Televisionation: Screen Culture: Matt Brennan, Television Editor at the LA Times

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Televisionation: Screen Culture: Matt Brennan, Senior Editor for Television and Pop Culture at the Los Angeles Times


Televisionation: Screen Culture: Matt Brennan, Senior Editor for Television and Pop Culture at the Los Angeles Times

ITVT is pleased to present the latest episode of Televisionation: Screen Culture, our new video series exploring the symbiotic relationship between culture and filmed content—television, streaming, and cinema. Hosted by fandom expert Lisa Crawford, Screen Culture was created for thoughtful discussions about the impact of premium filmed content on today’s society. 
Matt Brennan is Senior Editor for Television and Pop Culture at the Los Angeles Times. Before joining the Times as television editor, Matt served as Paste Magazine’s TV editor. His writing has also appeared in Indiewire, Slate, and numerous other publications. Born in the Boston area, educated at USC and an adoptive New Orleanian for nearly 10 years, he currently resides in Los Angeles. Matt can be found on Twitter as @thefilmgoer, and recently spearheaded the launch of the LA Times’ Screen Gab newsletter.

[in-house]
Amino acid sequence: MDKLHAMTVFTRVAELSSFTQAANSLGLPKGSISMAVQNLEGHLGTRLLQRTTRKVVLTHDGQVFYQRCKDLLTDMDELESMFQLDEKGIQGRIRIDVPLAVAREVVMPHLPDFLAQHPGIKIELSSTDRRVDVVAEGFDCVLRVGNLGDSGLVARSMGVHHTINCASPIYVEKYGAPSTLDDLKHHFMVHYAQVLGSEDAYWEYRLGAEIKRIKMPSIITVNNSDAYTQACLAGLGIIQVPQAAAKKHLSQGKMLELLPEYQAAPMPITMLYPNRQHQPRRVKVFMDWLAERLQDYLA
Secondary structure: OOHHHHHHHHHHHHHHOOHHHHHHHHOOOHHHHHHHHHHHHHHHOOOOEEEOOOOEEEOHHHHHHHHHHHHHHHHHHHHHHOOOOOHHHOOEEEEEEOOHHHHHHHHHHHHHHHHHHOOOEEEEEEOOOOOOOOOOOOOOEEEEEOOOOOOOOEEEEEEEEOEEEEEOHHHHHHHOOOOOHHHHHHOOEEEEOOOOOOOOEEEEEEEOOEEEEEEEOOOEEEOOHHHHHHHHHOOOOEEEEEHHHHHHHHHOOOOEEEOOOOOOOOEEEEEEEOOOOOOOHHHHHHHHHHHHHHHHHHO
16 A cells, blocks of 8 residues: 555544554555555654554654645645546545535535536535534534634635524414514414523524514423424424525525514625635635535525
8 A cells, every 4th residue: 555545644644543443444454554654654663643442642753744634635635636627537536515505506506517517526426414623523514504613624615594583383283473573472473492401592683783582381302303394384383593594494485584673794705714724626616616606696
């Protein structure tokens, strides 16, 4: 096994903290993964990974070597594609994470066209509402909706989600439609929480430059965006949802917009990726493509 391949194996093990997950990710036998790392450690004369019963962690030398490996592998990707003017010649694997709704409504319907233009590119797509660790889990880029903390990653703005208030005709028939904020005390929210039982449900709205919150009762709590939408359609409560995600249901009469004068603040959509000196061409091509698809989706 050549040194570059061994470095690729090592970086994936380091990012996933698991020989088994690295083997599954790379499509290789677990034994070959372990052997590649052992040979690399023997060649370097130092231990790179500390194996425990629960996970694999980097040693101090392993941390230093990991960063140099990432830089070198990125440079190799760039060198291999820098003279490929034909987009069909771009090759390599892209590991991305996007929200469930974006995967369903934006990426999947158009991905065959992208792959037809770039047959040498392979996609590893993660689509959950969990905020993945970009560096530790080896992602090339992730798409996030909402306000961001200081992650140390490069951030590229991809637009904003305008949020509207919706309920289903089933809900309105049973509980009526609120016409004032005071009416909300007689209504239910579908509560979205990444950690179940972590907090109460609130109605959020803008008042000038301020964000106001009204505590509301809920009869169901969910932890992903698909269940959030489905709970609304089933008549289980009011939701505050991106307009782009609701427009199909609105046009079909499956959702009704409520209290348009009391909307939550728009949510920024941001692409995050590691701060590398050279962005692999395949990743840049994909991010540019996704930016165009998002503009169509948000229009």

In this episode of Screen Culture, Matt shares the realities of a career in entertainment journalism, his focus on covering television not solely as a product or “artifact” but instead as “the conversation around the artifacts,” and his belief that we’re now in a “Gilded Age” of television.
Expressing his view that the widely regarded “Golden Age” of television in the aughts was more an “aesthetic movement” than time period, Matt compares the era of Don Draper and Walter White against the large ensembles of Succession and The Crown. He envisions today’s “Gilded Age” of TV content as one where forms—drama and comedy—are melding together and shows more closely reflect contemporary societal issues. In a brief discussion of an essay by critic James Wolcott, Matt suggests that we must adapt further to recognize and respond to TV’s cultural dominance and the way it’s being consumed and understood. 
Matt and Lisa also cover:
  • The need for accurate and effective depictions of the working class on TV;
  • The importance of greater diversity and representation in writers’ rooms;
  • The underrated status of The Americans, and Matt’s ongoing love for The Good Fight as his “favorite show on TV right now.”

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